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Your 'transmission gates' are sold in commercial foram as 'analog switch', e.g. CD4066.
A pure transmission gate is typically used on-chip, but not as a discrete component on a PCB.
 

Audioguru

Sep 24, 2016
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A Mosfet is an amplifying transistor. Since a CD4069 inverter is low current Cmos it does not conduct hundreds of mA and get hot but it can be biased at half the supply voltage and be an amplifier. Here is an example where the inverter has a 10M negative feedback resistor and a 1k input resistor. If its input to the 1k resistor has a coupling capacitor then its negative feedback causes its output to be at half the supply voltage so an input signal will cause its output to swing up and down and be an amplifier. +40dB is a voltage gain of 100 times. Without the 1k input resistor the voltage gain might be 1000 or more. It is shown that the supply voltage affects the gain since it affects how much current the Mosfets conduct into each other.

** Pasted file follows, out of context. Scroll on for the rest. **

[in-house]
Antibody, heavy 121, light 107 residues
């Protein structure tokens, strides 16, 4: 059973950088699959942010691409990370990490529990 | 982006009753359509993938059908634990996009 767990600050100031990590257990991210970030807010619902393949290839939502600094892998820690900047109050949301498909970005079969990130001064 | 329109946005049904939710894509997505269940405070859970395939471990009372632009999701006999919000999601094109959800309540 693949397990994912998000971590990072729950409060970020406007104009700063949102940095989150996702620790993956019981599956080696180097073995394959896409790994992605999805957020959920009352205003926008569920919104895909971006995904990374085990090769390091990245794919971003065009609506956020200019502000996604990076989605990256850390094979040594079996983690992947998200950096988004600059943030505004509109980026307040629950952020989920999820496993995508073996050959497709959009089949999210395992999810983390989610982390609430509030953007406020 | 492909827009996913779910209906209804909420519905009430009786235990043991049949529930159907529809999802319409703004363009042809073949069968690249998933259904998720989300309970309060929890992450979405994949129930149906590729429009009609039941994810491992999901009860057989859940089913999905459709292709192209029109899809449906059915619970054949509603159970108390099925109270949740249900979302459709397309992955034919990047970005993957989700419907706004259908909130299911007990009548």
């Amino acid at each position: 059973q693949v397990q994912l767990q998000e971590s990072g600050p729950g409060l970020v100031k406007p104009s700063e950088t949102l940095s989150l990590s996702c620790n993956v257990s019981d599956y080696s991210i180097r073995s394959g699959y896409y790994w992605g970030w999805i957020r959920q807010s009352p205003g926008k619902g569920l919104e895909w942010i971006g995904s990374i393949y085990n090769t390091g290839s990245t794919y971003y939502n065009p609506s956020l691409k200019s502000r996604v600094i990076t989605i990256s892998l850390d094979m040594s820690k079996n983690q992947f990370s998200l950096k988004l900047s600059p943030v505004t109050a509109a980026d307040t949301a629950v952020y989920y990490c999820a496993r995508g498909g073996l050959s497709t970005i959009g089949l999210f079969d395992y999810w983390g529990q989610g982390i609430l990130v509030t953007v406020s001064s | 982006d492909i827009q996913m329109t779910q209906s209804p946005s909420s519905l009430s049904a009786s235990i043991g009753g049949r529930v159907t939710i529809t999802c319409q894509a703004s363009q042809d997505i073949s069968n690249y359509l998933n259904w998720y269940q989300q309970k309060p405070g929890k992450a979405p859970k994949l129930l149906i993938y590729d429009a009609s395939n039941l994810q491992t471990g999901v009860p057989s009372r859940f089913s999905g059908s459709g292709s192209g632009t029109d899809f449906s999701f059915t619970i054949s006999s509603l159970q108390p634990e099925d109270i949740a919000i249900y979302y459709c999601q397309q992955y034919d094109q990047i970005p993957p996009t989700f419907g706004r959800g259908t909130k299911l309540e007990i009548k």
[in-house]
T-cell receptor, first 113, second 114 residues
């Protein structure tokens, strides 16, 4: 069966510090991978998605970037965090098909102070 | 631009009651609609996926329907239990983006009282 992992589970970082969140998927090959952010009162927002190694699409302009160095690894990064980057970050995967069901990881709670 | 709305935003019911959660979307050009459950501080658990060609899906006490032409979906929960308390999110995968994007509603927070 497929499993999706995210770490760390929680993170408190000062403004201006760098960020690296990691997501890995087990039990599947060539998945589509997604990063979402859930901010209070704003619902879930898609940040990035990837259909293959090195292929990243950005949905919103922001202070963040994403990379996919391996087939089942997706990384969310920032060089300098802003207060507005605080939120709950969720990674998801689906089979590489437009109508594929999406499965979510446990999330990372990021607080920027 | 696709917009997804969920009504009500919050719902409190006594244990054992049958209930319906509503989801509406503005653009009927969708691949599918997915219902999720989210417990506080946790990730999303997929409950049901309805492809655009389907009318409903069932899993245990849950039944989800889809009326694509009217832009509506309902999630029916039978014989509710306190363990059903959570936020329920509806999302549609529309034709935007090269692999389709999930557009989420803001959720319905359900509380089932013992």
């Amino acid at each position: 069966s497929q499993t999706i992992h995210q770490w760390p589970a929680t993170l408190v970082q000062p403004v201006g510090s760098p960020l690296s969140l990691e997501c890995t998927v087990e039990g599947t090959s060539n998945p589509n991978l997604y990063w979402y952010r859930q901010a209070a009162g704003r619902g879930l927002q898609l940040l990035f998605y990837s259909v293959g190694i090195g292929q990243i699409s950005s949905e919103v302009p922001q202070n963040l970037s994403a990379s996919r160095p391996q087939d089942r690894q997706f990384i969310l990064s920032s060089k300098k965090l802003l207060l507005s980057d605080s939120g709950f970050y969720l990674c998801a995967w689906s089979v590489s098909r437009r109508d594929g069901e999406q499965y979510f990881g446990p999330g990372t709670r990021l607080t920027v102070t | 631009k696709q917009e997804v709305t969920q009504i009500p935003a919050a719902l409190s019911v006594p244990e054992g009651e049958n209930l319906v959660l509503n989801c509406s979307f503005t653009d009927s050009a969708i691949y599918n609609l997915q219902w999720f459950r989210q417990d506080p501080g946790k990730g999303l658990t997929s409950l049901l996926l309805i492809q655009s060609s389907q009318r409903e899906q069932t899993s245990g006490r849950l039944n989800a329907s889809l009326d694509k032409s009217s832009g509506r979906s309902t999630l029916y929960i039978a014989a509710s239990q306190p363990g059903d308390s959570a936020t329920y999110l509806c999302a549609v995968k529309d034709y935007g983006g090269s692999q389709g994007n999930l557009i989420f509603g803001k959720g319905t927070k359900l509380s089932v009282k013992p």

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dorke

Jun 20, 2015
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O.K.
For learning, they are good.
But I wouldn't build any real word thing with them.
With the exception of Oscillators.
The only one I have ever used was the 74HCU04.

There is another important issue to learn: why buffered vs. un-buffered gates.
Read this it will help you a lot.
You should understand why digital CMOS is practically almost always buffered.

I looked-up Don Lancaster CMOS cookbook,
it is an old 70s book,a lot has changed in the CMOS world since.
 
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Audioguru

Sep 24, 2016
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A Cmos oscillator is made with a single Schmitt-trigger inverter, a resistor and a capacitor. 6 of these inverters are in a CD14106, CD4584 or MM74C14.